Israel Bans Cash Transactions Starting at $1,700 – Bitcoin Finance News

New legislation imposing stricter limits on payments in large amounts of cash will take effect in Israel on Monday. The goal, as stated by the country’s tax authority, is to improve the fight against organized crime, money laundering and tax evasion. Critics doubt that the law will achieve this.

Authorities in Israel go after cash purchases, set lower limits

Payments of large sums in cash and bank checks will be restricted in Israel through the amendments, which are due to take effect on August 1. Cash in the country, hoping to curb illegal activities such as illegal money laundering and non-compliance with taxes, the Jerusalem Post reported.

Under the new legislation, businesses will be required to use cashless methods for any transaction exceeding NIS 6,000 ($1,700), a marked decrease from the previous ceiling of NIS 11,000 ($3,200). The cash limit for individuals who are not registered as business owners will be 15,000 shekels (approximately $4,400).

Reducing the use of cash is the main goal of the law, according to Tamar Bracha, who is tasked with implementing the rules on behalf of the Israel Tax Authority. The Media Line news agency quoted the official as saying:

The goal is to reduce cash flow in the market, mainly because criminal organizations tend to rely on cash. By limiting its use, criminal activity is much more difficult to carry out.

However, the attorney representing clients in an appeal against the law filed in 2018, when it was first adopted, insists that the main problem is that the legislation is ineffective. Uri Goldman pointed to data showing that since the law’s initial implementation, the amount of cash has actually increased. The legal expert explained, noting other minuses:

When the bill was passed there were more than a million citizens without bank accounts in Israel. The law would prevent them from doing any work and would turn, in practice, 10% of the population into criminals.

Exempting trade with Palestinians from the West Bank and charities active in ultra-Orthodox communities have also sparked controversy. Dealing with large amounts of cash will be allowed in these cases, provided that the tax administration is accurately reported. Goldman believes this is unfair to the rest of society.

The Ministry of Finance also wants to limit private cash holdings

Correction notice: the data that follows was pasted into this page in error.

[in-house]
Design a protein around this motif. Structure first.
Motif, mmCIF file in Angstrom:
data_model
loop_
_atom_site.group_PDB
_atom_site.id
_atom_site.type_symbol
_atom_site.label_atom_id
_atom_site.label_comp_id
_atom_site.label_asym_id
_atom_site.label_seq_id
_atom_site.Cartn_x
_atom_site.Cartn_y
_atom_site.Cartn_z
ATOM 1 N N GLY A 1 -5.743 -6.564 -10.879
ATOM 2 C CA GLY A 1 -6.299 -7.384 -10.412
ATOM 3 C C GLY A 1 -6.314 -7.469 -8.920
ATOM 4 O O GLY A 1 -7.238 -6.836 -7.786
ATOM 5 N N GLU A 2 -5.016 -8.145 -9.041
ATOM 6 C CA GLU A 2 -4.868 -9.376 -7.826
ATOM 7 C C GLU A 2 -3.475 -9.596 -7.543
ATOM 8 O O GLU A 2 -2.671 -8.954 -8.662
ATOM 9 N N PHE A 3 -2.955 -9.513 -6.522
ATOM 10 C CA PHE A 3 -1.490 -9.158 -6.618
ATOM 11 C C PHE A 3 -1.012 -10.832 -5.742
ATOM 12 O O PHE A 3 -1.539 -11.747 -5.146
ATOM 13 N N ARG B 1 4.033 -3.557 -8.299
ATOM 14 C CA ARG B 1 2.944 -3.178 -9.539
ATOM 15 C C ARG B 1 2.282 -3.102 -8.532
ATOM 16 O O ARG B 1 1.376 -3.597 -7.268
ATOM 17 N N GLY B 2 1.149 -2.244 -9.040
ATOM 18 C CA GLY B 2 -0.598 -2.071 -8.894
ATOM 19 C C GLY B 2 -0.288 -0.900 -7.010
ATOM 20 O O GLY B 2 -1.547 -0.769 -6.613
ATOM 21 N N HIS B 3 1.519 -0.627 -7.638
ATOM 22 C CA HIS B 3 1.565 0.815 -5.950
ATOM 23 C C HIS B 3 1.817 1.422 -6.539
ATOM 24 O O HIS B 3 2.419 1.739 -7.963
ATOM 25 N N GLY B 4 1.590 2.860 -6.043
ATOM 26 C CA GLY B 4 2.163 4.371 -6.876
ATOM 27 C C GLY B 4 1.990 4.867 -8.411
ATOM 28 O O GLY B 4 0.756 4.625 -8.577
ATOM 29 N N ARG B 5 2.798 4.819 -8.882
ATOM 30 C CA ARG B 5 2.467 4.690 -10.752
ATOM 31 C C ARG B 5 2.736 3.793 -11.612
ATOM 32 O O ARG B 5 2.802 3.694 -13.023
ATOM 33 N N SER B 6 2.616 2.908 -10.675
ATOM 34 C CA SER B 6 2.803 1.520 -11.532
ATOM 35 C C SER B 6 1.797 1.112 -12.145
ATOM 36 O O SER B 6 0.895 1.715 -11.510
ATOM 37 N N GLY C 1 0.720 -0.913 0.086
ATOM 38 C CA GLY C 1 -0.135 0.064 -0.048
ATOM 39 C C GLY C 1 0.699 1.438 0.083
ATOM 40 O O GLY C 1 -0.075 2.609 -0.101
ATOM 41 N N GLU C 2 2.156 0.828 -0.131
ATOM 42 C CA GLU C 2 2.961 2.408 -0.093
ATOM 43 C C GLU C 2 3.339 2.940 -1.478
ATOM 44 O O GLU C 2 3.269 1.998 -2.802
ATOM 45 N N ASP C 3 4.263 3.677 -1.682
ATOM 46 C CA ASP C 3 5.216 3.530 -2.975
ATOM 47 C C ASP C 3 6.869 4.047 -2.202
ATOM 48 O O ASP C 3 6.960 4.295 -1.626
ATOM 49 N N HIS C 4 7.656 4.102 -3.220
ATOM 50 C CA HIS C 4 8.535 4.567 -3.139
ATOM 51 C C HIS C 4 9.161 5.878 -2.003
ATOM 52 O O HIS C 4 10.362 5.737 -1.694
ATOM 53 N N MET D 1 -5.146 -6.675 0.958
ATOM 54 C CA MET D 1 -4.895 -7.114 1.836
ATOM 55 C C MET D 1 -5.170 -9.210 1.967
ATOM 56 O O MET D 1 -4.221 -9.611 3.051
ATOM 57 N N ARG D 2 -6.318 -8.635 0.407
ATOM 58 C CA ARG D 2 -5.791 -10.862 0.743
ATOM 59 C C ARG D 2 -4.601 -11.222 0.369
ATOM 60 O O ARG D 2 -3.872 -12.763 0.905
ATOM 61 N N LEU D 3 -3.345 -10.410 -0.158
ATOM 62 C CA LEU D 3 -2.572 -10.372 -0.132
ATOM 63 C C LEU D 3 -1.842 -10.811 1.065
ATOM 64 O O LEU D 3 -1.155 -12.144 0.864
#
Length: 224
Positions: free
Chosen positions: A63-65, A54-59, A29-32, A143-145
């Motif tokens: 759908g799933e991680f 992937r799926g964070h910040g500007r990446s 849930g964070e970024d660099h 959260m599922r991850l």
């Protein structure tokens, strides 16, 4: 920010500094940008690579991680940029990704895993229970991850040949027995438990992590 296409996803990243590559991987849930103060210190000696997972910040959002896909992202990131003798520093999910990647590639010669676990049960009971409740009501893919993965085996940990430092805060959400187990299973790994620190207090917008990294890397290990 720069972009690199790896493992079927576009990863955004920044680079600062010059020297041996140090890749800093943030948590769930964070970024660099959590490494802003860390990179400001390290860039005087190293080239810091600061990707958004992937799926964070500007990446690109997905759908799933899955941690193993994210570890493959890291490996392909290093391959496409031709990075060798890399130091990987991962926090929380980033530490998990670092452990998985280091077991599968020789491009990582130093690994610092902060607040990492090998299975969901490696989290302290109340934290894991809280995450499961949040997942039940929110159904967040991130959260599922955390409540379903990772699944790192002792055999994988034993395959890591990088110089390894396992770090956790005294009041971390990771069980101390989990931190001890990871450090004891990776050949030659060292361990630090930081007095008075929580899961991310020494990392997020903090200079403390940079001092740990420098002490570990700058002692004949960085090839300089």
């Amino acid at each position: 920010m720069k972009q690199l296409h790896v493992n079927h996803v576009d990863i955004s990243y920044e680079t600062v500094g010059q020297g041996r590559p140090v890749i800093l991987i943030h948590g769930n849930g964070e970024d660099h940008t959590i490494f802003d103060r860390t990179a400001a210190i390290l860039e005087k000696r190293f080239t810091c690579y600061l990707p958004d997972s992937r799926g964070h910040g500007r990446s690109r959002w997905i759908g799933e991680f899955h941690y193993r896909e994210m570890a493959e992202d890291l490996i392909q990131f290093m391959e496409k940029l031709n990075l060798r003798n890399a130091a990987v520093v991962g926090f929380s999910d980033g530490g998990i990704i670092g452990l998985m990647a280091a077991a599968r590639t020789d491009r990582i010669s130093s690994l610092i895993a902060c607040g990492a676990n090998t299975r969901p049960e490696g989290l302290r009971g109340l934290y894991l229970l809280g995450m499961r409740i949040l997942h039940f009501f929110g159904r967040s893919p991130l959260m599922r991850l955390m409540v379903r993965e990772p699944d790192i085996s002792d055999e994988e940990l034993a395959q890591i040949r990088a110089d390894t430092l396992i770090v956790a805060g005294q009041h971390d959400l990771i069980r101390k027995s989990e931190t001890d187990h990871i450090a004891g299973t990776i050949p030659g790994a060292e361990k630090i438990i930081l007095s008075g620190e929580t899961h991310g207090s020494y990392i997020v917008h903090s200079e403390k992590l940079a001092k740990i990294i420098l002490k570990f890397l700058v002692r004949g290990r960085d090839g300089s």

In its original draft, first proposed in 2015, the law also included a provision limiting private possession of large sums of cash to 50,000 shekels ($14,500). Although it was dropped at the time, the Israeli Finance Ministry now plans to reintroduce it and allow Parliament to decide whether to adopt it after the next elections.

Uri Goldman also believes that authorities should at least allow people to disclose and deposit their money into a bank account. This idea was proposed during the initial discussions on the legislation as well, but was never approved. Otherwise, the money will remain in circulation even if it is not used as before.

Meanwhile, the Bank of Israel has been exploring the option of issuing a digital shekel, another form of national deposit that is supposed to have cash-like features. The results published in May revealed that the majority of respondents in the public consultations conducted by the Monetary Authority were in favor of the plan.

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ban, monetary, israel, israeli, law, legislation, limits, money, money laundering, payments, restrictions, shekels, taxes, tax authority, tax evasion, taxes, taxes, transactions

Do you think that the new law will limit the use of cash in Israel? Share your predictions in the comments section below.

Lubomir Tasev

Lubomir Tasev is an Eastern European technologist who likes to quote Hitchens: “Being a writer is what I am, not what I do.” Besides crypto, blockchain, and fintech, international politics and economics are two other sources of inspiration.

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